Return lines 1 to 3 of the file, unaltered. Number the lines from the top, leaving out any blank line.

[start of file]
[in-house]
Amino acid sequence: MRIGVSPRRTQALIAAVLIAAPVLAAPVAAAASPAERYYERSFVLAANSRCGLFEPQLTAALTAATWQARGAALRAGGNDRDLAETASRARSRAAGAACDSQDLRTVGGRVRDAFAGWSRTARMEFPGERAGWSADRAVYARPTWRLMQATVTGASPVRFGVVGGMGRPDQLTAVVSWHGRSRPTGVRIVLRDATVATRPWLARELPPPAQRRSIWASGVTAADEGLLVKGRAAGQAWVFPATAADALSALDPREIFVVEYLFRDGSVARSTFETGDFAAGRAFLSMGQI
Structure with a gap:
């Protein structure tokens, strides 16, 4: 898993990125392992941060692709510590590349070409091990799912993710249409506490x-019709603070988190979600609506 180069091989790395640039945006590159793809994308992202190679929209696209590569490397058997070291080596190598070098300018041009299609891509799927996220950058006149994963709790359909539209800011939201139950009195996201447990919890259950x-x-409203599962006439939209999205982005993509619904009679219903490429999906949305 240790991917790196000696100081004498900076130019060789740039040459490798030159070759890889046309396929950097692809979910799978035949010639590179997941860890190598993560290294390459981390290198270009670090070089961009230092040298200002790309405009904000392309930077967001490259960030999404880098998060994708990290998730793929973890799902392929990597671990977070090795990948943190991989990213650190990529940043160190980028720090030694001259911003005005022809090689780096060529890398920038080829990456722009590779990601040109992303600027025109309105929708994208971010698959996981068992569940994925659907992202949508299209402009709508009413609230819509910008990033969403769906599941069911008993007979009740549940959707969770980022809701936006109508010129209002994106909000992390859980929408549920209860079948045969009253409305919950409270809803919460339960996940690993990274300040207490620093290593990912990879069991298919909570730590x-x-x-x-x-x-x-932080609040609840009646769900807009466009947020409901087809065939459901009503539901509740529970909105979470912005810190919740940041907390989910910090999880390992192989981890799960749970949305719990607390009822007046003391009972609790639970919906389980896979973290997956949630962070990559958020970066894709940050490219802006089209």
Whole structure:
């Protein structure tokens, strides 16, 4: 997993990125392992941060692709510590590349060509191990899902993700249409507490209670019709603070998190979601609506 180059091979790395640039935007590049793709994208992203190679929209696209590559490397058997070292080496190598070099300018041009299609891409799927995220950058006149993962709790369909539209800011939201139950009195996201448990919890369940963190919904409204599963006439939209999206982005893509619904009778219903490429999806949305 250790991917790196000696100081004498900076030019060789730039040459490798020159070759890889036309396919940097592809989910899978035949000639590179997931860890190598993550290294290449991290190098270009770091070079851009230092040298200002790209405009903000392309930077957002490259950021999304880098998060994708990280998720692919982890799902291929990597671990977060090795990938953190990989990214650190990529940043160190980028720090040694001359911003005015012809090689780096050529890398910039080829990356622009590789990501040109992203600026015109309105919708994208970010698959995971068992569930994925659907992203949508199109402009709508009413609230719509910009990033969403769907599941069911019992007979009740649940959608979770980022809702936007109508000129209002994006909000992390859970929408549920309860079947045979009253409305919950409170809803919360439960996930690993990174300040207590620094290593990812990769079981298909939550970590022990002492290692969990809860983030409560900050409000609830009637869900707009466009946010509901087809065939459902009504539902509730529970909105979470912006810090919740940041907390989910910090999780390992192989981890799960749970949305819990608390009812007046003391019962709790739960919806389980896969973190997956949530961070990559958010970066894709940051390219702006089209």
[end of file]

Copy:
[in-house]
Amino acid sequence: MRIGVSPRRTQALIAAVLIAAPVLAAPVAAAASPAERYYERSFVLAANSRCGLFEPQLTAALTAATWQARGAALRAGGNDRDLAETASRARSRAAGAACDSQDLRTVGGRVRDAFAGWSRTARMEFPGERAGWSADRAVYARPTWRLMQATVTGASPVRFGVVGGMGRPDQLTAVVSWHGRSRPTGVRIVLRDATVATRPWLARELPPPAQRRSIWASGVTAADEGLLVKGRAAGQAWVFPATAADALSALDPREIFVVEYLFRDGSVARSTFETGDFAAGRAFLSMGQI
Structure with a gap: